SPRINGFIELD, Ill. (NEXSTAR) — Illinois Democrats revised their initial redistricting draft maps on Thursday night, in part to “keep more of the Orthodox Jewish community united” and “to accommodate the concerns of Republicans.”

“The changes we made not only reflect testimony provided the last couple of days from members of the public, but also include revisions to address concerns raised by Republicans,” Rep. Lisa Hernandez (D-Cicero) said in an emailed statement.

The initial maps, which were unveiled last Friday night, lumped several incumbent Republicans into districts with their neighboring colleagues, setting up a number of primary showdowns that would have forced several incumbents out of elected office.

A statement from House Speaker Chris Welch’s office said, “A number of those districts have been reconfigured to accommodate the concerns of Republicans.”

Sources close to the redistricting process expect the updated maps to start moving through the legislature as early as this Friday.

Several community groups, including Hispanic, Jewish, Muslim, Black, and voting rights organizations, voiced concerns about how the initial maps were constructed behind closed doors or blended together with the use of voter data.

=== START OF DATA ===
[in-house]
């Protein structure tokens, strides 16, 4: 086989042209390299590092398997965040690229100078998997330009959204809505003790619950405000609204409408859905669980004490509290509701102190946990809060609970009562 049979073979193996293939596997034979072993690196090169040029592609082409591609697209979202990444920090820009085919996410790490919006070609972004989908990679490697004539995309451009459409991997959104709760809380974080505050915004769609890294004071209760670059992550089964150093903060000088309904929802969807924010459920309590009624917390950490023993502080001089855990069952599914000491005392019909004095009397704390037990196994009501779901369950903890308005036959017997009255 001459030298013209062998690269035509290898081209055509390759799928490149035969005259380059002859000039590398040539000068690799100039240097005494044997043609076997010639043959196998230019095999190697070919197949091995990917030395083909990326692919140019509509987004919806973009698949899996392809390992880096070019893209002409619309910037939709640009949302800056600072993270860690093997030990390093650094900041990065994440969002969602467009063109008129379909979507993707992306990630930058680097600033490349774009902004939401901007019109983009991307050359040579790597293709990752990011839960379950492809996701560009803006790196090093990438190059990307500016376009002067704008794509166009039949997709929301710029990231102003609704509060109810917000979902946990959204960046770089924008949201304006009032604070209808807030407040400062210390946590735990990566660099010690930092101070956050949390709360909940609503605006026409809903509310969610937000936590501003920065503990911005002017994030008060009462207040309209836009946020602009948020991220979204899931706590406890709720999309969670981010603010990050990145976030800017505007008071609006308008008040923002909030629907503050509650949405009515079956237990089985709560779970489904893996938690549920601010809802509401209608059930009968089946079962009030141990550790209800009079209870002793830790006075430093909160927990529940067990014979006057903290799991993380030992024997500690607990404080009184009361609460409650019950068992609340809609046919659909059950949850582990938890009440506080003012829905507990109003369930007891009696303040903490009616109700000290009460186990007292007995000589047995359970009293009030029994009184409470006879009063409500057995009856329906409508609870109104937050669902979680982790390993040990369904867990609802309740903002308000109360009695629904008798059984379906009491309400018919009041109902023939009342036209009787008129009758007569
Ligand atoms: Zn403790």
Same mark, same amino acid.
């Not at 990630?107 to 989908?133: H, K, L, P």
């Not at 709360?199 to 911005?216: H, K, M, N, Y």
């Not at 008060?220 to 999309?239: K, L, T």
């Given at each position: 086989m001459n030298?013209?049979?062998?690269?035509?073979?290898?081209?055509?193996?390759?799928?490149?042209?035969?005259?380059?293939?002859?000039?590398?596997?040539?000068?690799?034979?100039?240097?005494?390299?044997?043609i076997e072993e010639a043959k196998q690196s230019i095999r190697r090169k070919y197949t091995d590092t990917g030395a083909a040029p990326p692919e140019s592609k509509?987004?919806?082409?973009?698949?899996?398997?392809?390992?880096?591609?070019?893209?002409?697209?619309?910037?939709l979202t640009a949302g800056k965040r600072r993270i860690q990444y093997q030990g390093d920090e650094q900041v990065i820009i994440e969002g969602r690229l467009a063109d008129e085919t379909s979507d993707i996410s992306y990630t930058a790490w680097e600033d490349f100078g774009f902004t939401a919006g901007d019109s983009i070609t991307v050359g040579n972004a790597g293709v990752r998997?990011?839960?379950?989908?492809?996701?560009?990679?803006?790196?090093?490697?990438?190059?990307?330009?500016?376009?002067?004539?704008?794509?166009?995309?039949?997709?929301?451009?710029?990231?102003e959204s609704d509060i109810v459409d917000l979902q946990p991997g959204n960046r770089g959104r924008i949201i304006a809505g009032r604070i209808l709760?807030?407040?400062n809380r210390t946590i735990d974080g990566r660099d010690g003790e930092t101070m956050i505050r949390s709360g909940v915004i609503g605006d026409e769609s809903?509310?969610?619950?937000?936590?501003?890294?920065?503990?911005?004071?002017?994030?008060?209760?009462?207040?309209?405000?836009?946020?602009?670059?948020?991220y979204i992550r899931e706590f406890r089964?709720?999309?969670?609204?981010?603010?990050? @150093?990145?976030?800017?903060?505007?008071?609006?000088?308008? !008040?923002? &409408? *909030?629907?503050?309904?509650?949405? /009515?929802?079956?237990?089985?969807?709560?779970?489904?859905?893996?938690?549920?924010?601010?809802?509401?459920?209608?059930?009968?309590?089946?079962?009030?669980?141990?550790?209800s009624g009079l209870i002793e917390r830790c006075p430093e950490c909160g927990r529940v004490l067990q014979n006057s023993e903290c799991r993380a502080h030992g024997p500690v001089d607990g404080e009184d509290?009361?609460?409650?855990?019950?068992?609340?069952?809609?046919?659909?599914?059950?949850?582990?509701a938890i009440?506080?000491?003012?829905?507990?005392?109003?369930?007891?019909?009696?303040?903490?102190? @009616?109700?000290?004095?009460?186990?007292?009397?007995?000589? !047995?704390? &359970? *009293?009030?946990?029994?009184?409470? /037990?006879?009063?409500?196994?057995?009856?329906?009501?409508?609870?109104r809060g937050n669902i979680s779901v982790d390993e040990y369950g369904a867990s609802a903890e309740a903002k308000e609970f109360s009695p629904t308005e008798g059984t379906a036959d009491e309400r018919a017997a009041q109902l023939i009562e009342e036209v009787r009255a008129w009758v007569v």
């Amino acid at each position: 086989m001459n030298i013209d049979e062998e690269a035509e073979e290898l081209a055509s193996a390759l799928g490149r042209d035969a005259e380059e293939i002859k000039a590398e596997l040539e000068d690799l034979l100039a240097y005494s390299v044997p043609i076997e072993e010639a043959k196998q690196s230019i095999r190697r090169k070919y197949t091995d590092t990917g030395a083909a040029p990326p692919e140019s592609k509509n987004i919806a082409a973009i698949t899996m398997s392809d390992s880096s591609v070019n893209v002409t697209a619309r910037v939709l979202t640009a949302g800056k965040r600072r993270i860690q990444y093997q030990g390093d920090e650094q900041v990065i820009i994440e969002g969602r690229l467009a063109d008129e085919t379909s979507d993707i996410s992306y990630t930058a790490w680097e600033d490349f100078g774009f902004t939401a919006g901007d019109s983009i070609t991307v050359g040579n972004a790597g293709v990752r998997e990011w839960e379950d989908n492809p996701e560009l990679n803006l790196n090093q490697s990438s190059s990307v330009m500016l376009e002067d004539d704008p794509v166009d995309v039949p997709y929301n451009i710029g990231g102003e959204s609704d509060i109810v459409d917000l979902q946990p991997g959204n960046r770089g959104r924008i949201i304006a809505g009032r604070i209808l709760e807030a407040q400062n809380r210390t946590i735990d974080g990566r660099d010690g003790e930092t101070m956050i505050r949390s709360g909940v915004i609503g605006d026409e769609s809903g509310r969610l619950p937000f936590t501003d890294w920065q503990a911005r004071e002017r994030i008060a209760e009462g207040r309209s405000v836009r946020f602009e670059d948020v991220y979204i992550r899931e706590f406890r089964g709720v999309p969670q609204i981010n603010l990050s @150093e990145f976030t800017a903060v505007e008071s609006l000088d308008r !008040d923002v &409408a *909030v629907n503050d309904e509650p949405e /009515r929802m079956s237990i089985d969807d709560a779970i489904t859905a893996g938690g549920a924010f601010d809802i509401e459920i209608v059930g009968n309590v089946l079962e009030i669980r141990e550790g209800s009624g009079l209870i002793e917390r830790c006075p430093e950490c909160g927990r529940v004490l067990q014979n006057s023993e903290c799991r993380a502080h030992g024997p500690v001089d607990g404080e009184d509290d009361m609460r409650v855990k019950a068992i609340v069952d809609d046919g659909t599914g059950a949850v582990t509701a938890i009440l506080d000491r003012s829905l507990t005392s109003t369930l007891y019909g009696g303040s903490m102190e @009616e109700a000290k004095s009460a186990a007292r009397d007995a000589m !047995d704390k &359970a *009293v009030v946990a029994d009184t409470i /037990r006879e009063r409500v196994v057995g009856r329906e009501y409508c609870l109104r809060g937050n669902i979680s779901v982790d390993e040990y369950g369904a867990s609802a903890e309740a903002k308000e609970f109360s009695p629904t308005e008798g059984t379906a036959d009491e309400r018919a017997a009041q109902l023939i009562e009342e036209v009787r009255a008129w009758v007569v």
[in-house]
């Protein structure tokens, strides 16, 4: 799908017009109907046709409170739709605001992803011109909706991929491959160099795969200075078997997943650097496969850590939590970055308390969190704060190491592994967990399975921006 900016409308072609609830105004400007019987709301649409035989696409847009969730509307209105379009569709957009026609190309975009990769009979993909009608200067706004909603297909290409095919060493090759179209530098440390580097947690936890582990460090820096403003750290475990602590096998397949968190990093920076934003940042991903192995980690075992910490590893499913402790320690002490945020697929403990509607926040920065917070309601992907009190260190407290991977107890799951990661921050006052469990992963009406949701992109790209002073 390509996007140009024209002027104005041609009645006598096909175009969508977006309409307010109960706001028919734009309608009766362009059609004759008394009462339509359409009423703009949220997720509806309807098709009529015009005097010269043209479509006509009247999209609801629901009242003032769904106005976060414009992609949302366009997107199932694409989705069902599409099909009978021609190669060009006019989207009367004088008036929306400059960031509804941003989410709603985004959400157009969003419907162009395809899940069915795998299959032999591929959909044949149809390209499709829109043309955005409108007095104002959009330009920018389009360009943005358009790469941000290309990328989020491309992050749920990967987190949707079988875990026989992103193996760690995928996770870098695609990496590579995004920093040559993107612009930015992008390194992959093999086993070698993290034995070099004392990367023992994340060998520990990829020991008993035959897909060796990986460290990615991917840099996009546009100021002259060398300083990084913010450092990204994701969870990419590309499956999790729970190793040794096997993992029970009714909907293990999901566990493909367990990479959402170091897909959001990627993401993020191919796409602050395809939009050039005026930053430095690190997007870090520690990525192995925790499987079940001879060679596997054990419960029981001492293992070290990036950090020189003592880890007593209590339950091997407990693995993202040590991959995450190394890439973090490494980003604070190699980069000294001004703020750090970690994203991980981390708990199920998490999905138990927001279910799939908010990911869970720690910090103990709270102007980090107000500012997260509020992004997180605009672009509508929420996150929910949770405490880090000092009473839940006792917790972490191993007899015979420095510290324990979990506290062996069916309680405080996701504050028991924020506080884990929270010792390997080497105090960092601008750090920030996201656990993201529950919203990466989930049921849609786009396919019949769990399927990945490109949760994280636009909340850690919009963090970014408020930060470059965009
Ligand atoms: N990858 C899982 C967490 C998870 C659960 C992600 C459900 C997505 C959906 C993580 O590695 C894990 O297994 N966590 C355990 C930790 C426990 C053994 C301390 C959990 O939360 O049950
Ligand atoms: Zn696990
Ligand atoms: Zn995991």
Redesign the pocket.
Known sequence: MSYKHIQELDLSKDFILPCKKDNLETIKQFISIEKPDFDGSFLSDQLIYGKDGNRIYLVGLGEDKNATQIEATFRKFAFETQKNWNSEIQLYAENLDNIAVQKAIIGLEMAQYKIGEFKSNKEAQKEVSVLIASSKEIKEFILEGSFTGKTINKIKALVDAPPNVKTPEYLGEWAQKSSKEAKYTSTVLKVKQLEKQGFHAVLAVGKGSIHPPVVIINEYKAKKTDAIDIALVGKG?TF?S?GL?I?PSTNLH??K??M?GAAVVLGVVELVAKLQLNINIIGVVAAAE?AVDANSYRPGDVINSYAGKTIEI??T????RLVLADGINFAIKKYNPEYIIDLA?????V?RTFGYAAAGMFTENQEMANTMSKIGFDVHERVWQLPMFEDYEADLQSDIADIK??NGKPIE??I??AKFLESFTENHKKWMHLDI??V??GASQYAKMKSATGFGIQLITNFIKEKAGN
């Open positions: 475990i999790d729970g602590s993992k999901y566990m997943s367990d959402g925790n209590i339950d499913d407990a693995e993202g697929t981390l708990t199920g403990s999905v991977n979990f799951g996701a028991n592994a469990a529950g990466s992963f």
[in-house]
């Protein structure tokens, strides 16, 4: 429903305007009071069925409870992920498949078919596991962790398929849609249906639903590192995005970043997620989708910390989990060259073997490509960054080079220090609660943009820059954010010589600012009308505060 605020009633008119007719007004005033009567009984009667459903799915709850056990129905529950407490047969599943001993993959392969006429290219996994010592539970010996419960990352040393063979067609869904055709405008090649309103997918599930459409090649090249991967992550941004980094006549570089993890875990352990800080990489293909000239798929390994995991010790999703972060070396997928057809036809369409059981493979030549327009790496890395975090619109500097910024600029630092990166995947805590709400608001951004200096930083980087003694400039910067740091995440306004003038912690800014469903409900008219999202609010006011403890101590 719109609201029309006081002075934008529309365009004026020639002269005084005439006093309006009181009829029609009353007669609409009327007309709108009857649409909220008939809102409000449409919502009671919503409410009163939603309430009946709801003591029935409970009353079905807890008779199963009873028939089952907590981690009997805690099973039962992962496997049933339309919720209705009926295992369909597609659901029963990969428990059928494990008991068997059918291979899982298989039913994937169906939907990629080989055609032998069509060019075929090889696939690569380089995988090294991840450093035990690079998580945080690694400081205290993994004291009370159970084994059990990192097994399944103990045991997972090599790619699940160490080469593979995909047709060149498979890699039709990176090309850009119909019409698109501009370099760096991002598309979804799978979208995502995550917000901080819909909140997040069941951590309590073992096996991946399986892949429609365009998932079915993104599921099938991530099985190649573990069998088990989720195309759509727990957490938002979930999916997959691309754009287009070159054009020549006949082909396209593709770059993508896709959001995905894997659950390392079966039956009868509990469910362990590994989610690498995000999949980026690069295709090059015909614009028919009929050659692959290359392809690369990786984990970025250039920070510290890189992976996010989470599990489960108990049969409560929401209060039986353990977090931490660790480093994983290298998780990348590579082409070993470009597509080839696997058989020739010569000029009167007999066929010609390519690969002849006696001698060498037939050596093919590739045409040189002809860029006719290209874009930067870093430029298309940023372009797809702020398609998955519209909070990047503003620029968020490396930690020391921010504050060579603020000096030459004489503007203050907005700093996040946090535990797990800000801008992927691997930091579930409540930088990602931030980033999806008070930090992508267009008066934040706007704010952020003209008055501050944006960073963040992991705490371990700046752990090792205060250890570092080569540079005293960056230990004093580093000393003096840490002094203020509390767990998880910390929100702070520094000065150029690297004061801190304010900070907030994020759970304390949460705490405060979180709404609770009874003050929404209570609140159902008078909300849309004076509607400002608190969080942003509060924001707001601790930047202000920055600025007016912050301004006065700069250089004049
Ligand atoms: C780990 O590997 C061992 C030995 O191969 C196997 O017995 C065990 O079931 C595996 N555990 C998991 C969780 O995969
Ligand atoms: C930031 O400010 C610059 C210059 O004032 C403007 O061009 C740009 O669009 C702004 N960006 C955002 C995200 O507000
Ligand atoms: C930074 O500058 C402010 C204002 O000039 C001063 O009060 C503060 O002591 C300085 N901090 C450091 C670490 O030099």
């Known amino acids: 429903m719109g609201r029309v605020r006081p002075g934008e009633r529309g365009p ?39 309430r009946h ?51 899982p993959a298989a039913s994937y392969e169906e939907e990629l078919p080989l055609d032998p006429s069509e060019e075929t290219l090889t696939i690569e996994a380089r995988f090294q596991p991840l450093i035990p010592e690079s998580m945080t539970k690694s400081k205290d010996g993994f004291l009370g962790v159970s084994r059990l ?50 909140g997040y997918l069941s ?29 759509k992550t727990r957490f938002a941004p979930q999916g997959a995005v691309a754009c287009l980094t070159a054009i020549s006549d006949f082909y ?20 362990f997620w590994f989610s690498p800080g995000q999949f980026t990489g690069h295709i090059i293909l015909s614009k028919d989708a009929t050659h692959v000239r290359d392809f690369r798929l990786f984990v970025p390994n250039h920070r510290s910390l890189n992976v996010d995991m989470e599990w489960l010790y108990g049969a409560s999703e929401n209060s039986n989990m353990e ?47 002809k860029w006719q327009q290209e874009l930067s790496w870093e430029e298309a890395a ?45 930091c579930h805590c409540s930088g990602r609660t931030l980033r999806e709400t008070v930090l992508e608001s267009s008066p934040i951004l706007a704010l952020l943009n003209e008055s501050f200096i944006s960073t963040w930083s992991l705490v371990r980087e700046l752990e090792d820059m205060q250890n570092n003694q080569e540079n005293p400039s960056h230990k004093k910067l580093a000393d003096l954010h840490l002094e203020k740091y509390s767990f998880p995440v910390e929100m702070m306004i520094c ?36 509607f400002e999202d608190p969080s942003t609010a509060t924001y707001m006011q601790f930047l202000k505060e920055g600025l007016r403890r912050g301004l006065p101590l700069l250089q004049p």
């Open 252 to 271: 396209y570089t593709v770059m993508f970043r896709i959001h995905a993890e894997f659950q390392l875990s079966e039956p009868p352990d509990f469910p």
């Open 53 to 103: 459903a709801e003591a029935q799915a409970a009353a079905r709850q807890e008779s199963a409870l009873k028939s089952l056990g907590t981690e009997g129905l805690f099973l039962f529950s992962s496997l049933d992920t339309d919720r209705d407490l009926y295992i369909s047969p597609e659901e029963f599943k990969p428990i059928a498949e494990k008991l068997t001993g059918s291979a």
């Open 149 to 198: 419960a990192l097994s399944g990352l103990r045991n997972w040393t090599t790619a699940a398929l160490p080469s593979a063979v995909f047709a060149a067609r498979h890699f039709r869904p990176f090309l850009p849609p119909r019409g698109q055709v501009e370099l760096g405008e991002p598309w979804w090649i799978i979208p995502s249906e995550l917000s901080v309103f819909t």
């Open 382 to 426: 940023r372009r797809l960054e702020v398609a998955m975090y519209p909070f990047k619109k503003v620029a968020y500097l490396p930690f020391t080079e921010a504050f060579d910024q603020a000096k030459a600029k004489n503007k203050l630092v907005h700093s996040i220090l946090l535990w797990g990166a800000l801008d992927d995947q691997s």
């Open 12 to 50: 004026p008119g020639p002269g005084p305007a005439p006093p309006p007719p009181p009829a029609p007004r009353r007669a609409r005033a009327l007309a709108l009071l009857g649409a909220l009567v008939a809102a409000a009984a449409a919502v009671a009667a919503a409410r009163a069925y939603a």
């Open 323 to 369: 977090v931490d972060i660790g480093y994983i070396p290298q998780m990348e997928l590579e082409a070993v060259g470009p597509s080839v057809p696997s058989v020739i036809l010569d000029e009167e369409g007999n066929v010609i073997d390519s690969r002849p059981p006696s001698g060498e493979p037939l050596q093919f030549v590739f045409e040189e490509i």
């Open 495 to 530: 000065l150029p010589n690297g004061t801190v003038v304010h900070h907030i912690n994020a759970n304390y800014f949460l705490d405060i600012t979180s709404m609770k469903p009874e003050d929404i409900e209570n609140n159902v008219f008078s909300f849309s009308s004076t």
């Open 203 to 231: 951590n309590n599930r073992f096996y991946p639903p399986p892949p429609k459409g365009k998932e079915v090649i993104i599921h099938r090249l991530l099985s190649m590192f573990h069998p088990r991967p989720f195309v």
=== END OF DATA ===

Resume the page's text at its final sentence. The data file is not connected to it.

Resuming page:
Witnesses testified at a House and Senate redistricting committee hearing on Tuesday that the use of voter data in redistricting maps could have the effect of undercounting populations with historically low voter turnout.

Democratic leadership says the second draft of the redistricting maps addresses some of those concerns raised in committee hearings over the last few days.

The groups Illinois African Americans for Equitable Redistricting and Agudath Israel of Illinois were two advocacy organizations to successfully lobby for changes in the new maps.

“The revisions will keep more of the Orthodox Jewish community united,” a statement from Welch’s office said. “The revised legislative map also restores the southern part of the North Lawndale neighborhood in Chicago to its current legislative district following feedback from community members asking for that change.”

The new maps did not win over House Republican Leader Jim Durkin, who blasted the revised maps in an emailed statement sent roughly 45 minutes after they were published.

“Round two of the House Democratic legislative maps are as dishonest as the ones released last Friday,” Durkin said. “The House Democrats turned their back on Illinoisans and every advocacy group who has an interest in honest government. Despite the flowery rhetoric about these changes, the Illinois House Democrats allowed their members to draw their own legislative districts with phony data. It is now on Governor Pritzker to live up to his pledge in 2019 and veto this poor excuse for democracy.”

Several other advocacy groups urged the legislature to wait for the release of the full U.S. Census data before approving district lines. The federal agency said the Coronavirus delayed their decennial count of the population, which has pushed the publication of their data beyond the first round of the state’s constitutional deadlines to approve new map lines.

You can click through the updated House maps here and Senate maps here.

This is a developing story. Check back for updates.